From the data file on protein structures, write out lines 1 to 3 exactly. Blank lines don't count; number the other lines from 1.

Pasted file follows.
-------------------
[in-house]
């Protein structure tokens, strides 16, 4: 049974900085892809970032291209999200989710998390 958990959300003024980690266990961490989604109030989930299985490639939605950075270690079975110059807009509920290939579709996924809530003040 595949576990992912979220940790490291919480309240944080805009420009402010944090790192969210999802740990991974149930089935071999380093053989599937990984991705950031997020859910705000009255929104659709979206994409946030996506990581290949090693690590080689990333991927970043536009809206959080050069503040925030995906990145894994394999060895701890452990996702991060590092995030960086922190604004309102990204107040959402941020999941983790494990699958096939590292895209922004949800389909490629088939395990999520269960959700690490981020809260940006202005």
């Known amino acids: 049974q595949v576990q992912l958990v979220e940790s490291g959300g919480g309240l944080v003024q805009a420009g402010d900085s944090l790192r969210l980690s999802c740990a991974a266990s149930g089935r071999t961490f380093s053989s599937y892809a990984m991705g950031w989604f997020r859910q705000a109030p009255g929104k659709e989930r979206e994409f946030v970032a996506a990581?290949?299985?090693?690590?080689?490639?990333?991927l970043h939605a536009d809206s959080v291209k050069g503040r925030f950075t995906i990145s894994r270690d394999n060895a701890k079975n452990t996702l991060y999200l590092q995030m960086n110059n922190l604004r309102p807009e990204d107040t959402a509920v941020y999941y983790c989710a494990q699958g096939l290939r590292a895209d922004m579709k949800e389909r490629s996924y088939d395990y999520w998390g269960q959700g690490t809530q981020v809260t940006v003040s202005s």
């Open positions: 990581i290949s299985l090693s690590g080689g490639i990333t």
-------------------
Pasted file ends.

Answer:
[in-house]
């Protein structure tokens, strides 16, 4: 049974900085892809970032291209999200989710998390 958990959300003024980690266990961490989604109030989930299985490639939605950075270690079975110059807009509920290939579709996924809530003040 595949576990992912979220940790490291919480309240944080805009420009402010944090790192969210999802740990991974149930089935071999380093053989599937990984991705950031997020859910705000009255929104659709979206994409946030996506990581290949090693690590080689990333991927970043536009809206959080050069503040925030995906990145894994394999060895701890452990996702991060590092995030960086922190604004309102990204107040959402941020999941983790494990699958096939590292895209922004949800389909490629088939395990999520269960959700690490981020809260940006202005």
């Known amino acids: 049974q595949v576990q992912l958990v979220e940790s490291g959300g919480g309240l944080v003024q805009a420009g402010d900085s944090l790192r969210l980690s999802c740990a991974a266990s149930g089935r071999t961490f380093s053989s599937y892809a990984m991705g950031w989604f997020r859910q705000a109030p009255g929104k659709e989930r979206e994409f946030v970032a996506a990581?290949?299985?090693?690590?080689?490639?990333?991927l970043h939605a536009d809206s959080v291209k050069g503040r925030f950075t995906i990145s894994r270690d394999n060895a701890k079975n452990t996702l991060y999200l590092q995030m960086n110059n922190l604004r309102p807009e990204d107040t959402a509920v941020y999941y983790c989710a494990q699958g096939l290939r590292a895209d922004m579709k949800e389909r490629s996924y088939d395990y999520w998390g269960q959700g690490t809530q981020v809260t940006v003040s202005s």